While flicking through photos from friends and contacts on Flickr, as well as thinking of some of the fantastic old photos seen in publications such as “Australian Railway History” as well as many books covering the history of various services and locomotives operating within NSW over the years, it causes me to ask: Should we be photographing the mundane, or just looking for the extraordinary? I know a lot of enthusiasts these days who find the normal timetabled services to be boring, and not worth photographing, and who are always looking for something unusual or out of the ordinary to photograph.
Certainly, if you’ve seen an NR Class, you’ve seen them all (save for a couple of variations on liveries on some units), and any enthusiast from the main south can tell you that we’re not short of 81 Class to photograph. What about XPT’s and Xplorers? Do most photographers even turn an eye (let alone a camera) to the passing of yet another loaded coal train over The Blue Mountains? Indian Pacific shunting at Central? S-Set running a service to the city circle? Tangara on a service to Springwood? A large number of supposed railway photographers today wouldn’t even blink at that.
Of course, most of us covered the basics when we were starting out. It seems the easiest way to get into the hobby, to take a cheap point and shoot camera (or, for those readers who started in the days before digital, their first camera), down to your local station to take some photos of the trains that come along. This is an excellent start for a beginner, who will usually return home with a nice collection of photos of Cityrail trains, and perhaps the odd freight in the hour or two that they stayed around for. Eventually, such a photographer will stretch their boundaries, trying out more adventurous photos, looking for better photo spots, and upgrading their equipment. They might start looking for specific trains, happy to return home with a single set of high quality photos of a specific train or movement, rather than happy to stay put and collect photos of whatever comes their way.
However, what happens when the status quo changes? It might even be changing now, before our very eyes, and we don’t even realise it, instead looking for the unusual movements and rare-one-off lashups. You come home with a couple of really nice photos of the brand new SCT Class doing a light engine trial with a C Class. Perhaps you’ve chased the AK Cars around a rural branch line behind the latest rent-a-wreck from IRA? Meanwhile, in the background, all the semaphore signals that we took for granted between Bargo and Mittagong are gone, replaced by colour light signals. Perhaps there is suddenly a lack of Tangara trains running services to Gosford and Wyong in the peak hours? What DID happen to the 620 railcars, anyway?
At this time, we all look back to our photos, flipping through physical albums (or perhaps hunting through folder after folder in the “My photos” folder on C Drive), looking for our own piece of (what is now) history. Usually, we will have at least one or two photos, and that will do. But what if the only photos you have are from when you were first starting out, and only photographed “boring trains”? They are still photos, but looking back with an experienced eye (and the benefit of hindsight), you see poor lighting, perhaps poor composition – it might be a photo that, subject matter aside, you wouldn’t give a second thought when dragging the file over to the “recycle bin”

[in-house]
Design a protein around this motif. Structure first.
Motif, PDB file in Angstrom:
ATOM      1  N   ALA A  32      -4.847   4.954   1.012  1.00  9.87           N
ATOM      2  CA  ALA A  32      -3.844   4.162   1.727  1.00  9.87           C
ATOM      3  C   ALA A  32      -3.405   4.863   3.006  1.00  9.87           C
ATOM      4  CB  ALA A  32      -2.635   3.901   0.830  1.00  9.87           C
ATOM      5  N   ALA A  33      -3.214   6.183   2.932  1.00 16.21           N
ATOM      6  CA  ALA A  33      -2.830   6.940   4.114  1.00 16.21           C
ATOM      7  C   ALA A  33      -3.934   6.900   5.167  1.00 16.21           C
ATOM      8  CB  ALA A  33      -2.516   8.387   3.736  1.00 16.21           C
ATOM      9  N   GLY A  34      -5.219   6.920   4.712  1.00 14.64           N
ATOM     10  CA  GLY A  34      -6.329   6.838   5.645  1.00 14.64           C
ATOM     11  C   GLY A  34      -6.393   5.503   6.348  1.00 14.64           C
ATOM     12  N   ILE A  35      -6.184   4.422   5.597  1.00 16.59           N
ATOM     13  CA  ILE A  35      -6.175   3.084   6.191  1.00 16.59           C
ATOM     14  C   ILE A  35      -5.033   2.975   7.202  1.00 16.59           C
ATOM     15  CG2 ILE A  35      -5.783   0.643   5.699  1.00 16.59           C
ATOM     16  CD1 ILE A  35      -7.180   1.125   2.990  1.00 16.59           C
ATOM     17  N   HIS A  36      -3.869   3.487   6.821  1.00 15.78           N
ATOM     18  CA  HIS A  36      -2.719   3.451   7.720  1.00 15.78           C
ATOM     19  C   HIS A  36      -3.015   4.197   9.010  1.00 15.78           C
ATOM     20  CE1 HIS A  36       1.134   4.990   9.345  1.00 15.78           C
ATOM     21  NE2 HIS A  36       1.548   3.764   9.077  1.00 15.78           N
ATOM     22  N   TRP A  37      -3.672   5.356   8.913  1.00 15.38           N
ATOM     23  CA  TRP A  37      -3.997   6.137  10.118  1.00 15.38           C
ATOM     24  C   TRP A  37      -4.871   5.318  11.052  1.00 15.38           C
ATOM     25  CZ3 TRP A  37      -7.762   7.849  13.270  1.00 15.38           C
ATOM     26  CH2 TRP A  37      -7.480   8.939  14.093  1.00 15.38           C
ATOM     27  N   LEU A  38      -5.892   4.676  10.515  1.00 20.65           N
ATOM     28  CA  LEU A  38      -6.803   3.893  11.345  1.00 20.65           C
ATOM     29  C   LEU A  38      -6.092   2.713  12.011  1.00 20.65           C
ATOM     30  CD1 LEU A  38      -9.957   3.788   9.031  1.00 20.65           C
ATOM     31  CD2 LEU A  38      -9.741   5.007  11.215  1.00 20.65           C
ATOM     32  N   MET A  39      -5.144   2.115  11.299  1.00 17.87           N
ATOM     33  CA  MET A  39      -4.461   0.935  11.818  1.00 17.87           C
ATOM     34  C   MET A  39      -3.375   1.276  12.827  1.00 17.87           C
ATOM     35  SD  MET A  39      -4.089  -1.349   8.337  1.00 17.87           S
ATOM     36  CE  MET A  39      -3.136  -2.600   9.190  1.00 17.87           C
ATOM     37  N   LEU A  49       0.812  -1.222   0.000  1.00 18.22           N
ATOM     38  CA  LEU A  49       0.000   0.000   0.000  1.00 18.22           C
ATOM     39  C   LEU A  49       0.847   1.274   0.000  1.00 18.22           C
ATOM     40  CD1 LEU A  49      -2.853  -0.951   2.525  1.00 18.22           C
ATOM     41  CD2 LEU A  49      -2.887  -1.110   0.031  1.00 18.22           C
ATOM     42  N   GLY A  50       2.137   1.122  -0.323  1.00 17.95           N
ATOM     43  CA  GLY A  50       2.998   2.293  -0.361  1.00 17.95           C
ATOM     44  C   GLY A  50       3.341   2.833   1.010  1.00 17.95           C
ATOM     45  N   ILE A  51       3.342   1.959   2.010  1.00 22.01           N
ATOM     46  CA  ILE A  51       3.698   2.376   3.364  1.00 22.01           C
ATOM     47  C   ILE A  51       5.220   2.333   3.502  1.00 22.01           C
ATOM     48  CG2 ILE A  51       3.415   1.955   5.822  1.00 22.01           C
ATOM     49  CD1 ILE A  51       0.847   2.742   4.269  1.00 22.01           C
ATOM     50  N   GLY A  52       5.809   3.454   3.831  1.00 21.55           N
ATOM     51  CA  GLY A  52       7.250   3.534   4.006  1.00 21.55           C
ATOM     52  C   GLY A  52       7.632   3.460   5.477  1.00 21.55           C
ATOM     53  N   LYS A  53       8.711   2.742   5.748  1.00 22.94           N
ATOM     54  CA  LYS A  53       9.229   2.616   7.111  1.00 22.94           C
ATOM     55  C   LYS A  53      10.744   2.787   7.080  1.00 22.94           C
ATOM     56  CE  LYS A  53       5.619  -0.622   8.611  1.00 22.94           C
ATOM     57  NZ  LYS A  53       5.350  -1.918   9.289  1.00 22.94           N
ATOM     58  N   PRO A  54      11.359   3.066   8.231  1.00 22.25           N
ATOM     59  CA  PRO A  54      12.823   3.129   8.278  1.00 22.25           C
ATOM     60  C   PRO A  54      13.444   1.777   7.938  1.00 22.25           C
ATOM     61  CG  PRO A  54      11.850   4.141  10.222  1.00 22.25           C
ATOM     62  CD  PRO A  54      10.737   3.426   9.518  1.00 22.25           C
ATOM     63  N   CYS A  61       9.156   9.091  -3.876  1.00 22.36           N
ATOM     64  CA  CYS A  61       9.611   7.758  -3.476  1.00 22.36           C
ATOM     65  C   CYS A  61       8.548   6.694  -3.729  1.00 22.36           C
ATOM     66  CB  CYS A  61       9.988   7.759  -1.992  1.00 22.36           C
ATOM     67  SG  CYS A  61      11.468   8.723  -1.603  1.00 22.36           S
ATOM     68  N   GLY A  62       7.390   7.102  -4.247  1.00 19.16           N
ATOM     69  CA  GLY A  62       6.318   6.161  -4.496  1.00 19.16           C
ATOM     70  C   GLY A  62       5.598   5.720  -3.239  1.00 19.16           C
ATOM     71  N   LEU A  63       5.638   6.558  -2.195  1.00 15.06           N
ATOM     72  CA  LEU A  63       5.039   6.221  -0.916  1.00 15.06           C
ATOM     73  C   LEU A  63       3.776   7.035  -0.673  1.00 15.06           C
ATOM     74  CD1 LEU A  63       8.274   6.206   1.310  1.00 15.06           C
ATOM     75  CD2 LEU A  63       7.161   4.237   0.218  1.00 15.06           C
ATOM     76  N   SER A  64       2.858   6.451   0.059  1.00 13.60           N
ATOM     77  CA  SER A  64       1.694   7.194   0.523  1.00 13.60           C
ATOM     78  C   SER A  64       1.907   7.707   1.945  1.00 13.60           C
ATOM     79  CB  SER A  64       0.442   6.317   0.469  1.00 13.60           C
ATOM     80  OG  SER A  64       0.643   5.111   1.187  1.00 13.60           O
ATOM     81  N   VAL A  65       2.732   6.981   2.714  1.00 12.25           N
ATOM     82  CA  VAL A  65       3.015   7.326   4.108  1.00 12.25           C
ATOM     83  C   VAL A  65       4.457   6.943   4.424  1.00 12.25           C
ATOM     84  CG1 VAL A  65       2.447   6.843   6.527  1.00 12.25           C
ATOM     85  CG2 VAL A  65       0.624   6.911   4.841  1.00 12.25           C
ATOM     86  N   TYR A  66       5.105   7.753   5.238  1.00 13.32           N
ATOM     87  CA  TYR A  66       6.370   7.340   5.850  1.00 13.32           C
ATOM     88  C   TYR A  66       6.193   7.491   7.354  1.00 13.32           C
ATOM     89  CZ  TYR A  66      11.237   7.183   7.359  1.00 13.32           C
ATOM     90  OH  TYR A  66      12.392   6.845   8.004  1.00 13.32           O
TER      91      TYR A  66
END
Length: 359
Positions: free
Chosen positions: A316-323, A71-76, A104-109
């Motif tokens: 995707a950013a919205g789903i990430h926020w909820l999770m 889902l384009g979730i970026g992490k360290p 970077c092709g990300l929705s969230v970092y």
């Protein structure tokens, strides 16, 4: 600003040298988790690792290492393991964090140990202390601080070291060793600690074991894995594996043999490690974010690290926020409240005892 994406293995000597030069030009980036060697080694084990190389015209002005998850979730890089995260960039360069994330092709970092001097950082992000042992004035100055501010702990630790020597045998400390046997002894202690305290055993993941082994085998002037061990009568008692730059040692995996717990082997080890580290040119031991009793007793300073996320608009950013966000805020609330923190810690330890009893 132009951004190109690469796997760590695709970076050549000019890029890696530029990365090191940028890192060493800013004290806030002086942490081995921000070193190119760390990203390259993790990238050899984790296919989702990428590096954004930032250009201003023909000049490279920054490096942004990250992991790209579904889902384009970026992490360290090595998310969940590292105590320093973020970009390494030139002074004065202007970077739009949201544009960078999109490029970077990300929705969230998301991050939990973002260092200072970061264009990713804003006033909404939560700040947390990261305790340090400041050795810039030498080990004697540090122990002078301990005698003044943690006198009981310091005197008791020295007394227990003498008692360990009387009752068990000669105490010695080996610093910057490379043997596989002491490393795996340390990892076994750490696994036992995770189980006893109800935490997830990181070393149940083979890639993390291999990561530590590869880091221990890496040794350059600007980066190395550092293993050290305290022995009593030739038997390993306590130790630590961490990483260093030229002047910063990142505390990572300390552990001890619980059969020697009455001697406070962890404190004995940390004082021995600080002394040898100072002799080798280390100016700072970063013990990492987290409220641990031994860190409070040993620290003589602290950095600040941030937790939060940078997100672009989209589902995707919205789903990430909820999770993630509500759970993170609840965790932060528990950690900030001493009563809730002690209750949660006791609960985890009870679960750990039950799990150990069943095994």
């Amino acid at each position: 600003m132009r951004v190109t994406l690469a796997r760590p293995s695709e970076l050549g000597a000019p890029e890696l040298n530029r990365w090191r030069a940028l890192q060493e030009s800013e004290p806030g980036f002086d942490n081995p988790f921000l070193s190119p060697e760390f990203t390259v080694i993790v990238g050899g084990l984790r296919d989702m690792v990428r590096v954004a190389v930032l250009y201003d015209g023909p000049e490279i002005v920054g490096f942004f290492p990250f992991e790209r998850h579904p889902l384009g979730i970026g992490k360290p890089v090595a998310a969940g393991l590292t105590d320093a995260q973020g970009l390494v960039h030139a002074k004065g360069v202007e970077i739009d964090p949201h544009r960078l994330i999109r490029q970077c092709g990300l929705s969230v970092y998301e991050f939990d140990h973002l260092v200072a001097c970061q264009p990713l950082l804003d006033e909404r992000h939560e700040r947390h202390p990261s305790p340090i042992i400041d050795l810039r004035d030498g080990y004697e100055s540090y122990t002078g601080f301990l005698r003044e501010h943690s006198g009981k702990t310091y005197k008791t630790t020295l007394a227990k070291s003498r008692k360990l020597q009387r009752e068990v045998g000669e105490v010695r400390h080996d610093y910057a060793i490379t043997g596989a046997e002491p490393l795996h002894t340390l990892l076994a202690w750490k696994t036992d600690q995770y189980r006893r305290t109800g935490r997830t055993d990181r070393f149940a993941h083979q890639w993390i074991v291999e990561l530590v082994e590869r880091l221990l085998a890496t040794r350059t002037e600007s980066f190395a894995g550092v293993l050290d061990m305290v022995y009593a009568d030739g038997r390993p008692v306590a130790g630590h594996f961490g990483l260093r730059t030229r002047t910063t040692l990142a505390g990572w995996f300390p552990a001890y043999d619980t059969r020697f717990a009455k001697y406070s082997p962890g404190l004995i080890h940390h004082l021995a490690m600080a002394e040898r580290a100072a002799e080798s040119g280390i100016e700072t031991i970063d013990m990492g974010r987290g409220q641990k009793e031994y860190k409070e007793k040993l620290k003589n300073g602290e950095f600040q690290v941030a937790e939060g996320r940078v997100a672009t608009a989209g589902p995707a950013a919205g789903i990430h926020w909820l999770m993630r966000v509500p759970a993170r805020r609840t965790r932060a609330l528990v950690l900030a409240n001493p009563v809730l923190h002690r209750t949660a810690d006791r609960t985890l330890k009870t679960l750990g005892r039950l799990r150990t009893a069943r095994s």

Looking back through those publications I mentioned earlier, you see photos that, to the photographers at the time, would have been mundane. A single 422 at the head of a southern highlands passenger train. A pair of 81 Class hauling an interstate freight to Melbourne. Quad 86 class hauling a coal train over the blue mountains. A lone CPH Railmotor rattling along a branch line. What have these things been replaced by? Scruffy looking Endeavour Railcars? Double or triple NR Class? Four 82 Class? A bus?!? A good thing the photographers of years past took the time to frame and record, what was to them at least, a normal movement.
This is not to say there is no reward in looking for those rare, one off movements either. Certainly, future generations who will grow up with the SCT, LDP, 92 and 6000 Class will want to look back at when these locomotives were under trial. Also, those who grow up with the Xplorer and Endeavour fleet in their new colour sceheme will be interested to see these trains working south of Goulburn, on their way to and from their refurbishment. However, bear in mind that what we see as “boring” today, future generations of railway photographers will look at in awe. Remember that the S-Set that got in the way of your photo won’t be around forever…
Make the ordinary the extraordinary. Often the most mundane movements can produce the most memorable photos, becuase you can use them to try a new style of composition, or explore the abstract. Certainly, on one of my frequent trips to the Main South last year, the best photo from the day was not solo G535 class wandering south through Menangle, but a simple shot of double NR Class at the head of a northbound Melbourne-Brisbane freighter. Something I’d seen a million times before.
My main inspiration when it comes to challenging the ordinary and getting extraordinary results, is my friend Kaine Treleaven – while the rest of us are sitting on a train, trying to get from A to B, Kaine is always looking for a new shot inside the train. See his photos here. Some of the photos he has taken while I’ve been reading, talking or having a snooze on the train are exceptional, and an inspiration for the rest of us.